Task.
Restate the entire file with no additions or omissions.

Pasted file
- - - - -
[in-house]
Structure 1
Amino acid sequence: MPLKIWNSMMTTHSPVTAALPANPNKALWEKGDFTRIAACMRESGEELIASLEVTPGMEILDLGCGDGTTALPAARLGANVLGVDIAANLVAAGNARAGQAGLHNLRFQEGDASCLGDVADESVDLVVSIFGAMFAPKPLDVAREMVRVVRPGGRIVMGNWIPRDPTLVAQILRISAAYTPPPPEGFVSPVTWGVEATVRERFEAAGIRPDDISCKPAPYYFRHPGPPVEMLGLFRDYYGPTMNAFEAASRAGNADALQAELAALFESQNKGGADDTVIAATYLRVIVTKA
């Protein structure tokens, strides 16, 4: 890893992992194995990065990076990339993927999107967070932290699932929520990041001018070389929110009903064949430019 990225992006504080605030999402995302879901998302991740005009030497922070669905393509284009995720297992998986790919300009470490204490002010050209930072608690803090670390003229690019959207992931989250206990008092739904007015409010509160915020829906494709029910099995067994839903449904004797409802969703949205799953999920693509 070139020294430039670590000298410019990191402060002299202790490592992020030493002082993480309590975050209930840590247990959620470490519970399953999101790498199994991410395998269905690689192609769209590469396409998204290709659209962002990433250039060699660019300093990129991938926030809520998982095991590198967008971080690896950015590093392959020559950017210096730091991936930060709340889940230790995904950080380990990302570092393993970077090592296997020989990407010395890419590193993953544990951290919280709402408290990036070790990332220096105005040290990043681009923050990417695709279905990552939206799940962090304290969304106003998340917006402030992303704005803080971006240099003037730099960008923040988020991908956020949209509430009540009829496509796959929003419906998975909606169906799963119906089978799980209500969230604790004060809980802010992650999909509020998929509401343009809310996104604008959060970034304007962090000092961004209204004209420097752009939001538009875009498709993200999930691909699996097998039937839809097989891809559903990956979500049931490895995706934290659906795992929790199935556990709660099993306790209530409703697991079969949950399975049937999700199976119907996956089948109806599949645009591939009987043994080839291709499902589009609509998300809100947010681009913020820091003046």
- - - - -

[in-house]
Structure 1
Amino acid sequence: MPLKIWNSMMTTHSPVTAALPANPNKALWEKGDFTRIAACMRESGEELIASLEVTPGMEILDLGCGDGTTALPAARLGANVLGVDIAANLVAAGNARAGQAGLHNLRFQEGDASCLGDVADESVDLVVSIFGAMFAPKPLDVAREMVRVVRPGGRIVMGNWIPRDPTLVAQILRISAAYTPPPPEGFVSPVTWGVEATVRERFEAAGIRPDDISCKPAPYYFRHPGPPVEMLGLFRDYYGPTMNAFEAASRAGNADALQAELAALFESQNKGGADDTVIAATYLRVIVTKA
């Protein structure tokens, strides 16, 4: 890893992992194995990065990076990339993927999107967070932290699932929520990041001018070389929110009903064949430019 990225992006504080605030999402995302879901998302991740005009030497922070669905393509284009995720297992998986790919300009470490204490002010050209930072608690803090670390003229690019959207992931989250206990008092739904007015409010509160915020829906494709029910099995067994839903449904004797409802969703949205799953999920693509 070139020294430039670590000298410019990191402060002299202790490592992020030493002082993480309590975050209930840590247990959620470490519970399953999101790498199994991410395998269905690689192609769209590469396409998204290709659209962002990433250039060699660019300093990129991938926030809520998982095991590198967008971080690896950015590093392959020559950017210096730091991936930060709340889940230790995904950080380990990302570092393993970077090592296997020989990407010395890419590193993953544990951290919280709402408290990036070790990332220096105005040290990043681009923050990417695709279905990552939206799940962090304290969304106003998340917006402030992303704005803080971006240099003037730099960008923040988020991908956020949209509430009540009829496509796959929003419906998975909606169906799963119906089978799980209500969230604790004060809980802010992650999909509020998929509401343009809310996104604008959060970034304007962090000092961004209204004209420097752009939001538009875009498709993200999930691909699996097998039937839809097989891809559903990956979500049931490895995706934290659906795992929790199935556990709660099993306790209530409703697991079969949950399975049937999700199976119907996956089948109806599949645009591939009987043994080839291709499902589009609509998300809100947010681009913020820091003046």